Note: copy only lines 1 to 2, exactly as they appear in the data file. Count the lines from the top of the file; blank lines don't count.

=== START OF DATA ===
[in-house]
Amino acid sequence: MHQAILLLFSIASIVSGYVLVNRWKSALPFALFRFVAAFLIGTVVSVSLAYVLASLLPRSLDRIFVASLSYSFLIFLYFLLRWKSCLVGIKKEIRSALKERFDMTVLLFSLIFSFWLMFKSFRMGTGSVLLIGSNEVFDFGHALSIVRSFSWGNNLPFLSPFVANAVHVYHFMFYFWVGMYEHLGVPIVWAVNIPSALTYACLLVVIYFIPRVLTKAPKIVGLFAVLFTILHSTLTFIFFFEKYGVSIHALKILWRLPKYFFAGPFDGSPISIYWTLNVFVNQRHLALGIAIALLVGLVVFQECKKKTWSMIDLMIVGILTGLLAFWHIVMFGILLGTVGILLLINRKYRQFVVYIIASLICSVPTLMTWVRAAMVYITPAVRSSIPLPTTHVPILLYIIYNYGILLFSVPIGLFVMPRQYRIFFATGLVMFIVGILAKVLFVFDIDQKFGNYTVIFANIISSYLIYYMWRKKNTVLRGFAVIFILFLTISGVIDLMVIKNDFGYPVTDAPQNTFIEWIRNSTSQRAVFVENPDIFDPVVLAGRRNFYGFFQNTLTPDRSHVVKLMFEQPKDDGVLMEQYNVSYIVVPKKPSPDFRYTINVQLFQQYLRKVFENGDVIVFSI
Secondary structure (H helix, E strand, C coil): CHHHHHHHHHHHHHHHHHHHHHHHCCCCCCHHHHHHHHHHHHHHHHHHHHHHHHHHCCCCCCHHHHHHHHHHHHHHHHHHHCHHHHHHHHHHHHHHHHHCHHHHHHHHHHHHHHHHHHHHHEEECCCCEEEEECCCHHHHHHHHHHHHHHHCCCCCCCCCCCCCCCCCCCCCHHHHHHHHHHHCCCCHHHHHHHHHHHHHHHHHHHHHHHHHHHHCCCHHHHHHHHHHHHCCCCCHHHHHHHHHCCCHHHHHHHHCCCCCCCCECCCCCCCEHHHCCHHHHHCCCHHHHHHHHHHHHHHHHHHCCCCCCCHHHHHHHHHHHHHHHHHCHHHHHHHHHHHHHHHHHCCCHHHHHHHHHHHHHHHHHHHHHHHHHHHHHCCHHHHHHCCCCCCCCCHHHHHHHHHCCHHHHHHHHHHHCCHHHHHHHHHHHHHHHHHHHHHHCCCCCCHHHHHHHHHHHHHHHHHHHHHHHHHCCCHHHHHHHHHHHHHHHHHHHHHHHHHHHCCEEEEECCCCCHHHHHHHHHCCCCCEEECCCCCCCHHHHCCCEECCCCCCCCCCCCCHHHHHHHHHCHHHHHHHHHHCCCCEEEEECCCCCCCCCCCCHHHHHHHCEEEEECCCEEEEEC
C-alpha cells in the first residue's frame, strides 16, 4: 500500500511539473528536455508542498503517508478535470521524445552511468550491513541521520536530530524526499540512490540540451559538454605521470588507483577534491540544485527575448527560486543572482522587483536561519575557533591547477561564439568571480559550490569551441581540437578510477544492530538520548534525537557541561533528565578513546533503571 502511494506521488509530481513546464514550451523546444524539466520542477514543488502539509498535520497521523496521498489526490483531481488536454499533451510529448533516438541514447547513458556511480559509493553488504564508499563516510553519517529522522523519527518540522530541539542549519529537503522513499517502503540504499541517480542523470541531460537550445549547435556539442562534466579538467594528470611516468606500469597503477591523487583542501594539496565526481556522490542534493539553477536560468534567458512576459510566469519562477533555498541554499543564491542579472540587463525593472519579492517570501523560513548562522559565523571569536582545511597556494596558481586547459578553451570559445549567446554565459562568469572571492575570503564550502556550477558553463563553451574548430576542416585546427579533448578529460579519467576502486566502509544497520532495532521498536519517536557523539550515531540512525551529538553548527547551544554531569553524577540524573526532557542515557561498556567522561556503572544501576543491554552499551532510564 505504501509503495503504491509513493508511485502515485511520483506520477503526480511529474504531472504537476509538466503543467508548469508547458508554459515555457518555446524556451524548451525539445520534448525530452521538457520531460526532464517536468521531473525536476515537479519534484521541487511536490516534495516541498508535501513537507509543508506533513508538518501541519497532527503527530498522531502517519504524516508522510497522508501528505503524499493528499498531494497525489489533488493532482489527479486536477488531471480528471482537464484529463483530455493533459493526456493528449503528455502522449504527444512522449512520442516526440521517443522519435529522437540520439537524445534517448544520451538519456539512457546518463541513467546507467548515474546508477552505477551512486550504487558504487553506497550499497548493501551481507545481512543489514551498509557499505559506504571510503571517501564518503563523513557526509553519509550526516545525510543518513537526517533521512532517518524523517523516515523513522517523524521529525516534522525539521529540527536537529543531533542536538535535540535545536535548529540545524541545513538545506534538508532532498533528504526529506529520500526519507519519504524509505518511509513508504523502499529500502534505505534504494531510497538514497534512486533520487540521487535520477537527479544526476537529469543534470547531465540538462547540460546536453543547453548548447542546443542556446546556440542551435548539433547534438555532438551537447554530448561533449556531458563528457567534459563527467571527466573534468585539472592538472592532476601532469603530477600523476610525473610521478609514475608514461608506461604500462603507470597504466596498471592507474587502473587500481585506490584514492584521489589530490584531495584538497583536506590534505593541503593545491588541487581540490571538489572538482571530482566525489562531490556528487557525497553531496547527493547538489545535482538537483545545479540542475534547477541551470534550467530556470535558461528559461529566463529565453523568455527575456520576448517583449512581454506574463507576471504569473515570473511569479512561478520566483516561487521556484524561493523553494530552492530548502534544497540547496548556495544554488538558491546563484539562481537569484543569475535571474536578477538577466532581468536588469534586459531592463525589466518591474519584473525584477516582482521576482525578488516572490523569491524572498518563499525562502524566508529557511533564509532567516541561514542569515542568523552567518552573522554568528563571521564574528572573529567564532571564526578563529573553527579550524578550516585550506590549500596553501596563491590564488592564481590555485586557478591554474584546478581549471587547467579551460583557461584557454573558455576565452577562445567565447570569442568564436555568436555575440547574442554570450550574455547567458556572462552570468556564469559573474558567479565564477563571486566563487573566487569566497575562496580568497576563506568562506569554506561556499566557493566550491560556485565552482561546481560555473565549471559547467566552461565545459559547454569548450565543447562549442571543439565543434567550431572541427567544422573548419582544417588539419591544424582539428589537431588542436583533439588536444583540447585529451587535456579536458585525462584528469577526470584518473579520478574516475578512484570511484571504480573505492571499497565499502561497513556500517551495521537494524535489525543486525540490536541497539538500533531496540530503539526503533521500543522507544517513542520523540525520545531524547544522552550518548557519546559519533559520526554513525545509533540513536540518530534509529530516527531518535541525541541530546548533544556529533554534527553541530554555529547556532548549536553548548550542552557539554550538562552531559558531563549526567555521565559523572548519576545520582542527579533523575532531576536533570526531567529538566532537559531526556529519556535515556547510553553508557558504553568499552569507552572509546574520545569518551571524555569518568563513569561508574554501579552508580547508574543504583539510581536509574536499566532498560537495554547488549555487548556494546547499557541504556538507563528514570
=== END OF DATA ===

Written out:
[in-house]
Amino acid sequence: MHQAILLLFSIASIVSGYVLVNRWKSALPFALFRFVAAFLIGTVVSVSLAYVLASLLPRSLDRIFVASLSYSFLIFLYFLLRWKSCLVGIKKEIRSALKERFDMTVLLFSLIFSFWLMFKSFRMGTGSVLLIGSNEVFDFGHALSIVRSFSWGNNLPFLSPFVANAVHVYHFMFYFWVGMYEHLGVPIVWAVNIPSALTYACLLVVIYFIPRVLTKAPKIVGLFAVLFTILHSTLTFIFFFEKYGVSIHALKILWRLPKYFFAGPFDGSPISIYWTLNVFVNQRHLALGIAIALLVGLVVFQECKKKTWSMIDLMIVGILTGLLAFWHIVMFGILLGTVGILLLINRKYRQFVVYIIASLICSVPTLMTWVRAAMVYITPAVRSSIPLPTTHVPILLYIIYNYGILLFSVPIGLFVMPRQYRIFFATGLVMFIVGILAKVLFVFDIDQKFGNYTVIFANIISSYLIYYMWRKKNTVLRGFAVIFILFLTISGVIDLMVIKNDFGYPVTDAPQNTFIEWIRNSTSQRAVFVENPDIFDPVVLAGRRNFYGFFQNTLTPDRSHVVKLMFEQPKDDGVLMEQYNVSYIVVPKKPSPDFRYTINVQLFQQYLRKVFENGDVIVFSI